The votes are in. The Boston Red Sox (and earlier Minnesota Twins) slugger David Ortiz is in the Baseball Hall of Fame. San Francisco Giants (and earlier Pittsburgh Pirates) star Barry Bonds is not.
On paper, that makes little sense. Ortiz was a successful designated hitter who played a leading role in the reversal of fortune the historically second-rate Red Sox enjoyed in the 21st century. But Bonds was the greatest ballplayer of his, and maybe any, generation. A 22-year veteran, he played on 14 All-Star Teams, received seven Most Valuable Player Awards, eight Gold Glove Awards, and holds the MLB records for total home runs and for home runs in a single season.
The outcome wasn't about what Bonds did on the field, though. Along with pitcher Roger Clemens and others that Hall voters denied, Bonds is being punished for his behavior in baseball's steroids era. Other players, including Ortiz, tested positive for performance-enhancing drugs when the league began to impose systematic testing in the early 2000s. But only Bonds faced charges for perjury and obstruction of justice related to a federal investigation.
The question is how much that should matter. There is little dispute that doping was common during the 1990s prime of Bonds' career. Like the players who appeared before a 2005 Congressional committee, Bonds was the focus of attention because he was a star rather than because his behavior was unusual.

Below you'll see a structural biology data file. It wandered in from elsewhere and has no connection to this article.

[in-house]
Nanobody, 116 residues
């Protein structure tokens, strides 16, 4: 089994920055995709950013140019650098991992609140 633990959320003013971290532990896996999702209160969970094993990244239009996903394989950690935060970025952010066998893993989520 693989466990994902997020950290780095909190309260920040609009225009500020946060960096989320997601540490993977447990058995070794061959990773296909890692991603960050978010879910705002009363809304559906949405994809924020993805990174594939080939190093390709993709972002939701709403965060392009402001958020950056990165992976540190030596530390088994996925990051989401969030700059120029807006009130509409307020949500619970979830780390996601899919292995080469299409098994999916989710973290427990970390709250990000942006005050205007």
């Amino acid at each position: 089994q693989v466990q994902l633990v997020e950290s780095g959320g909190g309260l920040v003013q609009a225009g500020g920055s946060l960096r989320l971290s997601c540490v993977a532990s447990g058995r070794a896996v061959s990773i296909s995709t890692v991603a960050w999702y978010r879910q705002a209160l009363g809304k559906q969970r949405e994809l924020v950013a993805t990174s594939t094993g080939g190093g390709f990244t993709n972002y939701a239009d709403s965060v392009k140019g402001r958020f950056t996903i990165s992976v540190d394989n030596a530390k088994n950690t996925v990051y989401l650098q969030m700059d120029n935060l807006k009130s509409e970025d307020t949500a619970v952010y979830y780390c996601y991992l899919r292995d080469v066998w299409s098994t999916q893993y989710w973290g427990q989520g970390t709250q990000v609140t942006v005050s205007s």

To be sure, Bonds was not forthcoming with investigators. Yet the perjury charges against him were dropped and Bonds' conviction for obstruction of justice was overturned on appeal. Bonds' critics might point out that the Hall is entitled to apply a higher standard than avoiding criminal liability. Still, it's hard to avoid the conclusion that Bonds has been the scapegoat for conduct that was, at minimum, tolerated by the league until late in his career.
Bonds' personal demeanor has something to do with that, too. While Ortiz was beloved by fans, reporters, and players alike, Bonds kept his distance from the public, the media, and his own teammates. Some observers attributed Bonds' antisocial reputation to shyness, others to competitive pressure, and yet others to unfair expectations that Black players be humble and gregarious. Whatever the cause, plenty of other difficult men (and some who were truly awful) are honored in Cooperstown.
Due to a 10-year time limit for eligibility, this was Bonds' final opportunity to enter the Hall of Fame. Unless the rules are changed, that institution will permanently exclude one of the game's greatest players. Fans won't forget Bonds, though. Lacking a memorial plaque, his achievements will speak for themselves.